Devlish Liz Hurley and worker bee Brendan Fraser - a dream team?


Ian Spelling discovers how stars Brendan Fraser (plus Frances O’Connor - in the print version) made their wishes come true filming their latest movie

From Film Review December 2000

Directed by Harold (Multiplicity, Analyze This) Ramis, Bedazzled is a remake of the 1967 comedy starring and written by Dudley Moore and the late Peter Cook. This time around, Brendan Fraser stars as Elliot Richards, a dork with the hots for Alison (O’Connor), a fellow employee who he’s adored from afar for years. Enter the Devil (Elizabeth Hurley), who promises to grant Elliot seven wishes in exchange for his soul.

Elliot reluctantly agrees to the deal, but like so many others in his position, he neglects the finer details when describing his fantasies. So he becomes the President of the United States, except that he’s Abraham Lincoln out on the town… on the night of his assassination. Then he’s rich and powerful and waking up next to Alison, except that he’s a Colombian drug lord and she’s sleeping with her English tutor. And so it goes...

“Elliot Richards is a worker bee,” says Fraser, the star of Gods and Monsters, The Mummy and its sequel, The Mummy Returns. “He’s in a cubicle that’s honeycomb-shaped. I actually got to play him as several different characters. I have a bit of an identity crisis when I think about a day’s work. It was fun and challenging. It had been nothing I’d been asked to do before, to wear that prosthetic make-up and assume that full character transformation.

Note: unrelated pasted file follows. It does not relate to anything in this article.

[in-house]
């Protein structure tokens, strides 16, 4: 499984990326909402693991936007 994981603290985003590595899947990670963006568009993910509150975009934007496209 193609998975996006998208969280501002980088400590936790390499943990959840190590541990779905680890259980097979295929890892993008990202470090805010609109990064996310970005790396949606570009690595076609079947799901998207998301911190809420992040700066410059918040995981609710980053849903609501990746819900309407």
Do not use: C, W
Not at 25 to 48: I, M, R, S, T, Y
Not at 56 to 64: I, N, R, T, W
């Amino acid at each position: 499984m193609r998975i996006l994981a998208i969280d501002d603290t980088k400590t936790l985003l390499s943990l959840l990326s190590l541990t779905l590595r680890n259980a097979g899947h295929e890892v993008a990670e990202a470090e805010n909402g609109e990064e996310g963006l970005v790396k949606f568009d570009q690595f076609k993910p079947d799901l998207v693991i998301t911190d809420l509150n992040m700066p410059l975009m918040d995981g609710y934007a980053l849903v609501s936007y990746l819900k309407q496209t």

“It’s easy to say Harold was great and that we all loved each other, but it’s kind of true. Harold is one of the all-time great guys and the environment he creates is conducive to making the films the best they can be. In my experience, it was the most I’d ever been asked to do: the episode nature of the movie takes us on all these different journeys. So it was almost like doing four or five different movies in one.”

Although Bedazzled is most definitely a remake, that’s a fact that will likely be lost on many moviegoers. The original film is regarded as a classic by its most ardent fans, but never gained widespread popularity.

“I saw it for the first time when I was 11 years old on Channel 13 in Seattle,” says Fraser. “I loved the nuns on the trampoline. I got a kick out of the movie because I thought, ‘You can’t get away with doing these kinds of things.’ They got into a lot of mischief together. The thing I liked best about the relationship between the nerd and the Devil, but I didn’t know at the time, was that it was a very good friendship. We took a line directly from the end. Elliot says to the Devil, ‘You’re the best friend I ever had,’ and you’ve got to believe him. You see him in the beginning and he’s so pathetic. He’s drenched in desire. He has to start off somewhere and make all these steps, through all these sequences, to arrive at being a competent person.

“But I didn’t have to think twice about doing the remake. I knew we were borrowing the best of what Bedazzled had to offer... I think it has a moral code underneath it all that asks its audience questions that sneak up on you as you laugh along the way. It’s a Faustian bargain. What would you ask for if you had seven wishes in exchange for your soul?”

Image copyright: 20th-Century Fox
Feature © Visual Imagination Ltd 2000. Not for reproduction.

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